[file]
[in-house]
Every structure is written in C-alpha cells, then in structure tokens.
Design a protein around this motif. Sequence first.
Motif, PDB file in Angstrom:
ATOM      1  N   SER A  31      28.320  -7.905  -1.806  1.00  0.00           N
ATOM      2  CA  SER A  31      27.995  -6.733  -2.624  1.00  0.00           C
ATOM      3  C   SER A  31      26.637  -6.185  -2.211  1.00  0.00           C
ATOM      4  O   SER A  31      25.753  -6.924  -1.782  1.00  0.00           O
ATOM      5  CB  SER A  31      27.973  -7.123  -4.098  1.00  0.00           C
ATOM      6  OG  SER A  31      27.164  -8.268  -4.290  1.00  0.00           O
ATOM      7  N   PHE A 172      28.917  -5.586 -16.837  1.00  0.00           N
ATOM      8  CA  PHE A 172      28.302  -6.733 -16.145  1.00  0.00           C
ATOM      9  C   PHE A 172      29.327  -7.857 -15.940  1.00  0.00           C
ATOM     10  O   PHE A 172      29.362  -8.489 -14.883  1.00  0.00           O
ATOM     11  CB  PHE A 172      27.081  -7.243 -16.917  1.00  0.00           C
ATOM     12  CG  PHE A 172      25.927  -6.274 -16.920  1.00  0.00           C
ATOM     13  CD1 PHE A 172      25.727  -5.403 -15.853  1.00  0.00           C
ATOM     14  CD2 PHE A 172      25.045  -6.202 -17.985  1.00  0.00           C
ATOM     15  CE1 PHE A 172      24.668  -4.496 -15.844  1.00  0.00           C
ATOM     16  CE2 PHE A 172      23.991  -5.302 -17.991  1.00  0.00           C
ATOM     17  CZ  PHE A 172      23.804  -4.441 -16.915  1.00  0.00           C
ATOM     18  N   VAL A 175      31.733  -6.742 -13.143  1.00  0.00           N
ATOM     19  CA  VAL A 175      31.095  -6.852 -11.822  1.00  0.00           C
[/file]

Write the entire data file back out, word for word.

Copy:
[in-house]
Every structure is written in C-alpha cells, then in structure tokens.
Design a protein around this motif. Sequence first.
Motif, PDB file in Angstrom:
ATOM      1  N   SER A  31      28.320  -7.905  -1.806  1.00  0.00           N
ATOM      2  CA  SER A  31      27.995  -6.733  -2.624  1.00  0.00           C
ATOM      3  C   SER A  31      26.637  -6.185  -2.211  1.00  0.00           C
ATOM      4  O   SER A  31      25.753  -6.924  -1.782  1.00  0.00           O
ATOM      5  CB  SER A  31      27.973  -7.123  -4.098  1.00  0.00           C
ATOM      6  OG  SER A  31      27.164  -8.268  -4.290  1.00  0.00           O
ATOM      7  N   PHE A 172      28.917  -5.586 -16.837  1.00  0.00           N
ATOM      8  CA  PHE A 172      28.302  -6.733 -16.145  1.00  0.00           C
ATOM      9  C   PHE A 172      29.327  -7.857 -15.940  1.00  0.00           C
ATOM     10  O   PHE A 172      29.362  -8.489 -14.883  1.00  0.00           O
ATOM     11  CB  PHE A 172      27.081  -7.243 -16.917  1.00  0.00           C
ATOM     12  CG  PHE A 172      25.927  -6.274 -16.920  1.00  0.00           C
ATOM     13  CD1 PHE A 172      25.727  -5.403 -15.853  1.00  0.00           C
ATOM     14  CD2 PHE A 172      25.045  -6.202 -17.985  1.00  0.00           C
ATOM     15  CE1 PHE A 172      24.668  -4.496 -15.844  1.00  0.00           C
ATOM     16  CE2 PHE A 172      23.991  -5.302 -17.991  1.00  0.00           C
ATOM     17  CZ  PHE A 172      23.804  -4.441 -16.915  1.00  0.00           C
ATOM     18  N   VAL A 175      31.733  -6.742 -13.143  1.00  0.00           N
ATOM     19  CA  VAL A 175      31.095  -6.852 -11.822  1.00  0.00           C